Discord, disruption, derailment — words which we have come to associate with parliamentary proceedings in recent times were replaced by debate, dissent, even dialogue, as the Rajya Sabha took up the issue of the Lokpal Bill on Thursday. The speeches made by the Leader of the Opposition Arun Jaitley and Congress spokesperson Abhishek Manu Singhvi rose magnificently above the largely fruitless cacophony of recent months, restoring in people a sense that the highest lawmaking body in the country is manned by people of political acuity and intellectual rigour. The points of difference between the two legal stalwarts were many but the cut and thrust of argument was marked by erudition and biting satire. The speeches that followed too, barring a few exceptions, were focused on the issue at hand, that of the provisions of the Lokpal Bill piloted by the government.
It is quite clear that the issues of the autonomy of the Central Bureau of Investigation, of the nature of federalism and whether an omnibus lokpal could be created at the cost of other institutions will take time to be resolved satisfactorily. But no one is in any doubt that all parties are agreed on the fact that a strong lokpal is now inevitable and desirable. Anna Hazare and his team may have held sway on the streets for a while in the past few months, but Thursday's soaring speeches have put the focus back where it should belong, on a Parliament in which people had begun losing faith. Without external pressures, it is now clear that the political establishment intends to work on a Bill which will be acceptable to all. The arguments made by Mr Jaitley and Mr Singhvi show that the resolution now hinges on the degree of give and take among all sides. Naturally, the two main political formations will be the most watched now, though the parties which have traditionally provided the checks and balances like the Left too have played their part in adequate measure as embodied by CPI(M) leader Sitaram Yechury's learned intervention. The proceedings in Parliament brought back memories of a time when towering orators like Jawaharlal Nehru, Piloo Modi and later Atal Bihari Vajpayee added lustre to debates and discussions through their reasoned arguments and engaging wit and humour.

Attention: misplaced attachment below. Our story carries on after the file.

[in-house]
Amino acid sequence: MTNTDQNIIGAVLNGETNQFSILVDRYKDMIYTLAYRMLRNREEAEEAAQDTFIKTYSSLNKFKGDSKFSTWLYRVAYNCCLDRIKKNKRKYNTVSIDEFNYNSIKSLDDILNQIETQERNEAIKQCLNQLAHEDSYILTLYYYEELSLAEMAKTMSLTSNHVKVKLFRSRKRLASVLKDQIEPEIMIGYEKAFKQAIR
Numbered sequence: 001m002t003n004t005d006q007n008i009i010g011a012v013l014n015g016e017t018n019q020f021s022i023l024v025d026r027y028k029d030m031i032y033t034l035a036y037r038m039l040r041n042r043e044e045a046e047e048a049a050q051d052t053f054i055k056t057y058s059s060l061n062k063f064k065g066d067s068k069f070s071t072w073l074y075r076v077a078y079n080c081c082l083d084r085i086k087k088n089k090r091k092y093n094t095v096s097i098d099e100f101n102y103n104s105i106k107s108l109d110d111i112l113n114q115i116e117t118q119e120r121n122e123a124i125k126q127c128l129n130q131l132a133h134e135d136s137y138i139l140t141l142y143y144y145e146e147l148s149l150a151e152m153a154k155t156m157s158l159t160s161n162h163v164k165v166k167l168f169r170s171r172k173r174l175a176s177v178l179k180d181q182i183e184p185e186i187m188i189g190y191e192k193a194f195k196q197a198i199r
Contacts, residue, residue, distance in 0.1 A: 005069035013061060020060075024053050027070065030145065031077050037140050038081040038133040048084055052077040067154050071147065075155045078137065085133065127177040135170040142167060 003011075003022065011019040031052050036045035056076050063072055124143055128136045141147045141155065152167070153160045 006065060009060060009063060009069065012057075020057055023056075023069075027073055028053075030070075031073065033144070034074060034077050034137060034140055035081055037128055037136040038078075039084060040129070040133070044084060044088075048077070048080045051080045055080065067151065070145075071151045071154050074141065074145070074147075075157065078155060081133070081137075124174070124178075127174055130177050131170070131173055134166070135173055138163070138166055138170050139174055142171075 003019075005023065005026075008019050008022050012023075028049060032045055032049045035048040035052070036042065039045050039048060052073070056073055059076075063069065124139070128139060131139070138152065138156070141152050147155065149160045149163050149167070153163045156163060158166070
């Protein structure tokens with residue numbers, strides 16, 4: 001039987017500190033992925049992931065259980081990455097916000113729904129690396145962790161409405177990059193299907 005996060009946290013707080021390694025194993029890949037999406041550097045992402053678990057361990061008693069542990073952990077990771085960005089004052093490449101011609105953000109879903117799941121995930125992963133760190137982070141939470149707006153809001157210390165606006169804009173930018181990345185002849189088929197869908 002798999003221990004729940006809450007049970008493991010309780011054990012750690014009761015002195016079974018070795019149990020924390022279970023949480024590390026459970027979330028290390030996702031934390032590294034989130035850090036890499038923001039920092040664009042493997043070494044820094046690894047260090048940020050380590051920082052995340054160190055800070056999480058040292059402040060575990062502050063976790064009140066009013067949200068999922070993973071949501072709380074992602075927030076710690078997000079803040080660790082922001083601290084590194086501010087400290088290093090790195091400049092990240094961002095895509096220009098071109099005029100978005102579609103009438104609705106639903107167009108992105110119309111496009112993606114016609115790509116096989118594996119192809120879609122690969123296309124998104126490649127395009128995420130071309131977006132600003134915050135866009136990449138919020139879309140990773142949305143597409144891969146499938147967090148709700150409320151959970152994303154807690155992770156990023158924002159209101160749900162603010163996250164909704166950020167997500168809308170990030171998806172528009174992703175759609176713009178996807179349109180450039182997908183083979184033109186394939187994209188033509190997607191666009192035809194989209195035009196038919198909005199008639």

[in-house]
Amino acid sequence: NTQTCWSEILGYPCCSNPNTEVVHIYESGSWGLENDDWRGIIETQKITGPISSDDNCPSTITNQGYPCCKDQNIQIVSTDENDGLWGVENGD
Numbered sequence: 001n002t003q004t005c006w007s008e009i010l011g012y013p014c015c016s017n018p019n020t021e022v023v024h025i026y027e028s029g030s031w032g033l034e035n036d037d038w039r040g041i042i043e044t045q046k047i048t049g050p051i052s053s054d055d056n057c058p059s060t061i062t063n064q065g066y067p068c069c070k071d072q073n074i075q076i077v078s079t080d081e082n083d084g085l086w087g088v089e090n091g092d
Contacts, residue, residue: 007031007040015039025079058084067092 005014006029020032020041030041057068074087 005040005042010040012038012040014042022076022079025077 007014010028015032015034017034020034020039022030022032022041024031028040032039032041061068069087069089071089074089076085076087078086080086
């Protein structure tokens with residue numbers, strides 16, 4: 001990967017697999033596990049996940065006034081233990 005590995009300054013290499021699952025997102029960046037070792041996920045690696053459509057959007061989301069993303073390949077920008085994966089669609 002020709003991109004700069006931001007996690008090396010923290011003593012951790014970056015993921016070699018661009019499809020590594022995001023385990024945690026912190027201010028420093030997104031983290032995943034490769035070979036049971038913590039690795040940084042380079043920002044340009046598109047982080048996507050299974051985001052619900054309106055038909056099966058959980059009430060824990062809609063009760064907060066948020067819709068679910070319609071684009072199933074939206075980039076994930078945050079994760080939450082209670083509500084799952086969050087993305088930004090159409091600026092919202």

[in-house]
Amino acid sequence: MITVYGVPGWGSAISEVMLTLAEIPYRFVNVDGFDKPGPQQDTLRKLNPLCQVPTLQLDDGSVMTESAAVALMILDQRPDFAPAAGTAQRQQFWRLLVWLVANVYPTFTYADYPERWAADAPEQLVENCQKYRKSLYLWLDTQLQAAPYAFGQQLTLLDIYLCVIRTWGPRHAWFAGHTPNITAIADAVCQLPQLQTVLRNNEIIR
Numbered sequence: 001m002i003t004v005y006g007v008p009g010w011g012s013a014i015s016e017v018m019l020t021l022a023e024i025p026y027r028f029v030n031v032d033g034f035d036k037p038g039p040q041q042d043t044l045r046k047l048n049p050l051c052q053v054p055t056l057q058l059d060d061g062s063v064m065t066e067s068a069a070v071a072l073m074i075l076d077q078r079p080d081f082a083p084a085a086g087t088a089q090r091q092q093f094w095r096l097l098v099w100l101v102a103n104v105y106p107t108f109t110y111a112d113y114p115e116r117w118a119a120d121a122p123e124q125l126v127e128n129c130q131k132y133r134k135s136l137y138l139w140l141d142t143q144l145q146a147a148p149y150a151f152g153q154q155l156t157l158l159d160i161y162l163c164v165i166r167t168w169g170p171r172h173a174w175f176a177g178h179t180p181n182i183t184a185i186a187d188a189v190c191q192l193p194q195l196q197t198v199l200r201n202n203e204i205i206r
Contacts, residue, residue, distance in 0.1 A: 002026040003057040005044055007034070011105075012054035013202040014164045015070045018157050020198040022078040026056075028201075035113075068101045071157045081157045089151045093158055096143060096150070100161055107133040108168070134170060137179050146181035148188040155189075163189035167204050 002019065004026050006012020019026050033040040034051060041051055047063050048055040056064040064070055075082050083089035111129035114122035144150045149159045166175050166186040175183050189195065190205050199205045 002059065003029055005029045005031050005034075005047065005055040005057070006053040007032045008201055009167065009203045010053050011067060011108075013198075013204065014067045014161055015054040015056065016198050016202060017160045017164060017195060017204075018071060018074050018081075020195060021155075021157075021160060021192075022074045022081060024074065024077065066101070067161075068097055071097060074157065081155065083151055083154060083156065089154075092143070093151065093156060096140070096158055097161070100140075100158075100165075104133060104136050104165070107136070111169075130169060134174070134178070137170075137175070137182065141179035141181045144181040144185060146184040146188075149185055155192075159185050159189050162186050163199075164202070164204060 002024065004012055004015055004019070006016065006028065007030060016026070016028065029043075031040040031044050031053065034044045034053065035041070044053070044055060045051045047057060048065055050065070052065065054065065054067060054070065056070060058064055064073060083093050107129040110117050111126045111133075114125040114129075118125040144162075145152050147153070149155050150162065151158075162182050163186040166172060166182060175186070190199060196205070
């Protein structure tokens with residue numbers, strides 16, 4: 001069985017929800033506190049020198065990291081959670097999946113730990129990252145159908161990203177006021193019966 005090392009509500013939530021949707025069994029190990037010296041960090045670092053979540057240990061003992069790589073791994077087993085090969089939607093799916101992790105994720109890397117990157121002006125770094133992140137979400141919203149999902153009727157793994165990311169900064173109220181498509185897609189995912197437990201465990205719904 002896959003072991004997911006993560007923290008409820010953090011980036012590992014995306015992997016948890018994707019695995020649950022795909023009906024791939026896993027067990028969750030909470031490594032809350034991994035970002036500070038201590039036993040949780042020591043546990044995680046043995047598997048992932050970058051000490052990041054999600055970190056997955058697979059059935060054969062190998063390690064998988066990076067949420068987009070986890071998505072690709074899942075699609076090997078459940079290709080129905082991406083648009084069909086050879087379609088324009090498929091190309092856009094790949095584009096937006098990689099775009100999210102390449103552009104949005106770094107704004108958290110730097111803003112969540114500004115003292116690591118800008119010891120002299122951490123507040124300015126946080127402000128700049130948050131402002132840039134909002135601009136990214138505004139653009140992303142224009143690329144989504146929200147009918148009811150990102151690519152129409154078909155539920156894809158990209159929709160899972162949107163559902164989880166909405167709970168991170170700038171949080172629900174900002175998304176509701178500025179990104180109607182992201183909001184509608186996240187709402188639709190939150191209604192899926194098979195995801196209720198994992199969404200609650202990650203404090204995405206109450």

Beyond the oratory on the lokpal, of course, much work remains to be done before everyone is satisfied. The conduct of Parliament takes the sting out of the unsubstantiated allegations made by Team Anna of sabotage and subversion of its latest protest by the government. That members of the team are now resorting to personal attacks further undermines its position and suggests that it is suddenly bereft of a strategy to counter a political establishment which is behaving in a responsible manner once again and which has put decency and discourse back into democracy.